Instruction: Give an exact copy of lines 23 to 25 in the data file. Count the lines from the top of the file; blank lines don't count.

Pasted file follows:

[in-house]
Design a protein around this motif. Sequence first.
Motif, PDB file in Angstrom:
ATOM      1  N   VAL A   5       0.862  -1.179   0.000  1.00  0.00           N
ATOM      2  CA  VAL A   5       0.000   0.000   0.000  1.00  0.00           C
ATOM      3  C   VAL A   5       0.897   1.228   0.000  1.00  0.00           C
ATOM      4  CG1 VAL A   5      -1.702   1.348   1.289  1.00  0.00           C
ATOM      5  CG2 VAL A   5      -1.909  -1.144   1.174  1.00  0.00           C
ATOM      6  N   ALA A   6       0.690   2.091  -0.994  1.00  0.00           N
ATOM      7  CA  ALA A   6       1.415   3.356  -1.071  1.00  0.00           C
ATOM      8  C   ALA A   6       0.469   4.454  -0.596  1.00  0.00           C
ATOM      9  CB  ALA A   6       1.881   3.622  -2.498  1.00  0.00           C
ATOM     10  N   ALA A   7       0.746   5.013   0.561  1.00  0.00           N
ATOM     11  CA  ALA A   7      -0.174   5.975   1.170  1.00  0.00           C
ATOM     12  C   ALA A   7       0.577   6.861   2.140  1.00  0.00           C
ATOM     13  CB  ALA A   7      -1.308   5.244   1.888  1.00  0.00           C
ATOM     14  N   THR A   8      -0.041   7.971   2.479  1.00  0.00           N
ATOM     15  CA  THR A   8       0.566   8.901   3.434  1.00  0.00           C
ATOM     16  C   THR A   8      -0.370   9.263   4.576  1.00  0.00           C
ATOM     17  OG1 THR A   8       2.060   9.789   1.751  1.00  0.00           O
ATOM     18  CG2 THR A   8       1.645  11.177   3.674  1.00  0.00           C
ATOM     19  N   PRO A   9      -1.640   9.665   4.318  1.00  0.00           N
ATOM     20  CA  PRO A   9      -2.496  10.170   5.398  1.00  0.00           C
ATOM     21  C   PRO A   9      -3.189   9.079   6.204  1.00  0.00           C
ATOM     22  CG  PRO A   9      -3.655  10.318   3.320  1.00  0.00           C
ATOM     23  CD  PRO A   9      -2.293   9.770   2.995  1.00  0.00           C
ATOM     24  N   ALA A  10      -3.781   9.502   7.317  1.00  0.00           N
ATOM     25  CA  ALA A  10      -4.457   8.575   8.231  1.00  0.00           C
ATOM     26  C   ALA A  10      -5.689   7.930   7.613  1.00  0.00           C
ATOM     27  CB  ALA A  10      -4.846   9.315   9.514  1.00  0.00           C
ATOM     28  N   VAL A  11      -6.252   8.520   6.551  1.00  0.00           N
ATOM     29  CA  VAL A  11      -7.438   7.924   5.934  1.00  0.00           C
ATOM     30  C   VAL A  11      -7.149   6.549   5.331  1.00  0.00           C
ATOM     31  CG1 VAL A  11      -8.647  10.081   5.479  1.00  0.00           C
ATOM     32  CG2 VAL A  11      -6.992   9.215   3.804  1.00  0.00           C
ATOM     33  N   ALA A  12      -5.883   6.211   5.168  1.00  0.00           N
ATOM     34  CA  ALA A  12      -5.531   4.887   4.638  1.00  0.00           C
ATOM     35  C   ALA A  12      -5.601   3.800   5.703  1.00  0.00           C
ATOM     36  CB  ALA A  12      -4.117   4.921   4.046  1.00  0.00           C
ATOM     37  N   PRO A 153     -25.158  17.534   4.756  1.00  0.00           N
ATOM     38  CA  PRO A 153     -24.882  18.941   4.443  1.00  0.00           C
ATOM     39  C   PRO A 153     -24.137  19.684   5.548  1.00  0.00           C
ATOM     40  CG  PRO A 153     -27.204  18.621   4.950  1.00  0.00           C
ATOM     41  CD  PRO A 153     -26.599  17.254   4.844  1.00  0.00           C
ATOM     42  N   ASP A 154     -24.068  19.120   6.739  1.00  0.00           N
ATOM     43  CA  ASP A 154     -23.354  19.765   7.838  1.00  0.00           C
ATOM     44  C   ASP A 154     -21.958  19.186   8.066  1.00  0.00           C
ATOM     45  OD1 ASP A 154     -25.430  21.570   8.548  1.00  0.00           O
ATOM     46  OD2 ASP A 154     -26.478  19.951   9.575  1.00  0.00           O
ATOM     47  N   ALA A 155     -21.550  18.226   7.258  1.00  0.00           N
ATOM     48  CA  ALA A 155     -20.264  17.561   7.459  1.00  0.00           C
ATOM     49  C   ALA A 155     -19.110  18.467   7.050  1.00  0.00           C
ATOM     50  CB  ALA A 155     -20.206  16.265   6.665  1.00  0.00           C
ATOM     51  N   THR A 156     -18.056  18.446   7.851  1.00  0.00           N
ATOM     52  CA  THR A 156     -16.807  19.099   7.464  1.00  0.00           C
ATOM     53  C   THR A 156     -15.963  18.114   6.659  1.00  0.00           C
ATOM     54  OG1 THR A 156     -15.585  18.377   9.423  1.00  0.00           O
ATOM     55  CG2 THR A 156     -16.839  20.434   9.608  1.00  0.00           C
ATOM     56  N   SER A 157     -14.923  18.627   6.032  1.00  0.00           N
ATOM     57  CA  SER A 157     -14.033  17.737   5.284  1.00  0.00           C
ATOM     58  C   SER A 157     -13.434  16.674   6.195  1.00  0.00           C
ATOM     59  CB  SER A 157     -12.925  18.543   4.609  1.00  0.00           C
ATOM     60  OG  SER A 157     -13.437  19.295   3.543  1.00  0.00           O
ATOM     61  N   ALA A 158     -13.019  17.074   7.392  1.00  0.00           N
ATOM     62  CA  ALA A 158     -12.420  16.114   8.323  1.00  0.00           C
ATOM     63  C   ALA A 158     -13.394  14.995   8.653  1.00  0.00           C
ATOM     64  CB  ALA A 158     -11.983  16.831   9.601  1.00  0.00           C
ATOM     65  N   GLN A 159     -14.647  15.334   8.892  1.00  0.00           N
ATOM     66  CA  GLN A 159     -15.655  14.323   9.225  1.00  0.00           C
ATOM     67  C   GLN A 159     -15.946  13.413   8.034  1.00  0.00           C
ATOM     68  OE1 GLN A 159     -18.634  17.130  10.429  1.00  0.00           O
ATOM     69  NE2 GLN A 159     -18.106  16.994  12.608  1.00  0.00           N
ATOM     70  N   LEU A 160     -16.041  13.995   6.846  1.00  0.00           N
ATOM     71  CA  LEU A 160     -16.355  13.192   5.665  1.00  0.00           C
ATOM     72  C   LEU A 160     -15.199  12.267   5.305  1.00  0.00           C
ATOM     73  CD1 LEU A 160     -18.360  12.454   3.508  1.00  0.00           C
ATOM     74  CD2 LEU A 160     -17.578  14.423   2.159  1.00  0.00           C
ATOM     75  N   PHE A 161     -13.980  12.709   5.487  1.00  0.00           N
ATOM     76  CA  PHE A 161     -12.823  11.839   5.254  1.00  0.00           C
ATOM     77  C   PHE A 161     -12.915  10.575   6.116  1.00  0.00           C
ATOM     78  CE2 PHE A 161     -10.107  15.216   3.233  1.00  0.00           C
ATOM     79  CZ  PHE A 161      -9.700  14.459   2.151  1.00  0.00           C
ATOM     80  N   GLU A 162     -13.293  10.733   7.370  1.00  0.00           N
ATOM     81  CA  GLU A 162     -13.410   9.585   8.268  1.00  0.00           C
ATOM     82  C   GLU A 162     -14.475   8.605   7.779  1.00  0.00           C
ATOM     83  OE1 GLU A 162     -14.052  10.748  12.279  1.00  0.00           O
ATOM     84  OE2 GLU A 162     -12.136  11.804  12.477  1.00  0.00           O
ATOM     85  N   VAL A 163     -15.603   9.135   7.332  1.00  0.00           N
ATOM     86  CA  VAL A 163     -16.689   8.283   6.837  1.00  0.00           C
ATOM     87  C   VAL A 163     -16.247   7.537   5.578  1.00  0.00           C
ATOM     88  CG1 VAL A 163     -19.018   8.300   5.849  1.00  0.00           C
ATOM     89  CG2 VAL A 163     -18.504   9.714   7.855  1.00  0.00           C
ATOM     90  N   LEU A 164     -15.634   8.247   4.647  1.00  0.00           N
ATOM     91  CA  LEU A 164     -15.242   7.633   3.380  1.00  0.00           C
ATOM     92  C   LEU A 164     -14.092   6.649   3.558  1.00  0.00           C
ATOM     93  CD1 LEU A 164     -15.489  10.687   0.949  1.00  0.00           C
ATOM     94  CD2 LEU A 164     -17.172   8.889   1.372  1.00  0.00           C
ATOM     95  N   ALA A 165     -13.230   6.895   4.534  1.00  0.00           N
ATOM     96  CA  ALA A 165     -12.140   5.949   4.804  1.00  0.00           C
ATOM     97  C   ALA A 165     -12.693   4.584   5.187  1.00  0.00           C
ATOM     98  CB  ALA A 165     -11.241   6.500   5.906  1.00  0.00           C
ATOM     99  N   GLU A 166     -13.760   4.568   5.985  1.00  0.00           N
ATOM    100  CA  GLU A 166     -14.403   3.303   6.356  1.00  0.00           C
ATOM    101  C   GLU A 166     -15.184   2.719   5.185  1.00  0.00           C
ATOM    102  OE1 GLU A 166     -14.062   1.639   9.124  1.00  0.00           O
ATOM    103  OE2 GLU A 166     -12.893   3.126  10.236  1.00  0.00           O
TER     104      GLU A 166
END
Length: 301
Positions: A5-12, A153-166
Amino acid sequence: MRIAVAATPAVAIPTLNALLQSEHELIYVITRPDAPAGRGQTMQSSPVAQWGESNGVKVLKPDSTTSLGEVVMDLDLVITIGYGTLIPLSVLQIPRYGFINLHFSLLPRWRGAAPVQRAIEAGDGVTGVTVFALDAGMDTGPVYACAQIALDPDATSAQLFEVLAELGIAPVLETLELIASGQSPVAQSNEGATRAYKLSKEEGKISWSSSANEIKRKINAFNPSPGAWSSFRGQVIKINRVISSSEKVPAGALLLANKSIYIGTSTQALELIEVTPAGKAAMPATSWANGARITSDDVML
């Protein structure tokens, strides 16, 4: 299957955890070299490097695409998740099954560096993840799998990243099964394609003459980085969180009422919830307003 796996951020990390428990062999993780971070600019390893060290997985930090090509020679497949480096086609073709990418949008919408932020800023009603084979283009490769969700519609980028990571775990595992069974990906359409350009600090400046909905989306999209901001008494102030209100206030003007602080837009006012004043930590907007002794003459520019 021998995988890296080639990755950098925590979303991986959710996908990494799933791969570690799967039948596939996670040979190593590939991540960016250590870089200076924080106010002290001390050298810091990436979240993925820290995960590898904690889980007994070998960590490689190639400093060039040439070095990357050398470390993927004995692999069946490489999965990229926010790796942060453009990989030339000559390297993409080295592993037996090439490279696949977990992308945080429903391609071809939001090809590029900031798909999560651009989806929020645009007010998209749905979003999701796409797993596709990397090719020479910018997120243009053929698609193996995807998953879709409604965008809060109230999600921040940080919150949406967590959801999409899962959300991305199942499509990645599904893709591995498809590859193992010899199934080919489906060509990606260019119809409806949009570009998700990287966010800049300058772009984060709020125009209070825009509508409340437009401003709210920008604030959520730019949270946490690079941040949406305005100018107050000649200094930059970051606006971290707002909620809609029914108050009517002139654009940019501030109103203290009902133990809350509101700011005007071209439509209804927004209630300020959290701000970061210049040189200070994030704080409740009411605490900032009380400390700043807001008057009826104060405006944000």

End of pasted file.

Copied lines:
ATOM     20  CA  PRO A   9      -2.496  10.170   5.398  1.00  0.00           C
ATOM     21  C   PRO A   9      -3.189   9.079   6.204  1.00  0.00           C
ATOM     22  CG  PRO A   9      -3.655  10.318   3.320  1.00  0.00           C